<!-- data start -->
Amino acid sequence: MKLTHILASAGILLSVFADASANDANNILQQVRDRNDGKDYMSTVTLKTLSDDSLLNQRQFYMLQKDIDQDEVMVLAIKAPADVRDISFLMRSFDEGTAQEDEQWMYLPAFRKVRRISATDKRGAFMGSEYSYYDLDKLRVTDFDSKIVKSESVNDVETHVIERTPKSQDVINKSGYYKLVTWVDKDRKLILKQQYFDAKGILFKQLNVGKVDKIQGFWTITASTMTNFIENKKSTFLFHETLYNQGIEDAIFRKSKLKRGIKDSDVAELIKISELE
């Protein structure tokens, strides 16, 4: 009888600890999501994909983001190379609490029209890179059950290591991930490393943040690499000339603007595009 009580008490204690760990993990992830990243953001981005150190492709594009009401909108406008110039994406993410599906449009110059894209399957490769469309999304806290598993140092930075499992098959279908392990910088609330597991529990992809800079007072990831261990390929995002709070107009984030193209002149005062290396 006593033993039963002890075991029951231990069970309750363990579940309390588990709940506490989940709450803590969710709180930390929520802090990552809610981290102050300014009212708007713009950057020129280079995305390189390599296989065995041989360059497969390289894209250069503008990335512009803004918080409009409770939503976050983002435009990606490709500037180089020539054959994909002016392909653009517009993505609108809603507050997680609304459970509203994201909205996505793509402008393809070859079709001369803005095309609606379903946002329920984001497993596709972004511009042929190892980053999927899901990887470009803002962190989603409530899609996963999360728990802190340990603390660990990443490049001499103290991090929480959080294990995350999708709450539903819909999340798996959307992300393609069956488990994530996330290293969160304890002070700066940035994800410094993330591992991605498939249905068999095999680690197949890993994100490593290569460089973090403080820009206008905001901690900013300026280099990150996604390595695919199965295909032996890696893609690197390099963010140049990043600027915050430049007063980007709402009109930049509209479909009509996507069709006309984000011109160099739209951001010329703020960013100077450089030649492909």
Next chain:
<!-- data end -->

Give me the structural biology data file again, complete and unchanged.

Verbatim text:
Amino acid sequence: MKLTHILASAGILLSVFADASANDANNILQQVRDRNDGKDYMSTVTLKTLSDDSLLNQRQFYMLQKDIDQDEVMVLAIKAPADVRDISFLMRSFDEGTAQEDEQWMYLPAFRKVRRISATDKRGAFMGSEYSYYDLDKLRVTDFDSKIVKSESVNDVETHVIERTPKSQDVINKSGYYKLVTWVDKDRKLILKQQYFDAKGILFKQLNVGKVDKIQGFWTITASTMTNFIENKKSTFLFHETLYNQGIEDAIFRKSKLKRGIKDSDVAELIKISELE
């Protein structure tokens, strides 16, 4: 009888600890999501994909983001190379609490029209890179059950290591991930490393943040690499000339603007595009 009580008490204690760990993990992830990243953001981005150190492709594009009401909108406008110039994406993410599906449009110059894209399957490769469309999304806290598993140092930075499992098959279908392990910088609330597991529990992809800079007072990831261990390929995002709070107009984030193209002149005062290396 006593033993039963002890075991029951231990069970309750363990579940309390588990709940506490989940709450803590969710709180930390929520802090990552809610981290102050300014009212708007713009950057020129280079995305390189390599296989065995041989360059497969390289894209250069503008990335512009803004918080409009409770939503976050983002435009990606490709500037180089020539054959994909002016392909653009517009993505609108809603507050997680609304459970509203994201909205996505793509402008393809070859079709001369803005095309609606379903946002329920984001497993596709972004511009042929190892980053999927899901990887470009803002962190989603409530899609996963999360728990802190340990603390660990990443490049001499103290991090929480959080294990995350999708709450539903819909999340798996959307992300393609069956488990994530996330290293969160304890002070700066940035994800410094993330591992991605498939249905068999095999680690197949890993994100490593290569460089973090403080820009206008905001901690900013300026280099990150996604390595695919199965295909032996890696893609690197390099963010140049990043600027915050430049007063980007709402009109930049509209479909009509996507069709006309984000011109160099739209951001010329703020960013100077450089030649492909």
Next chain: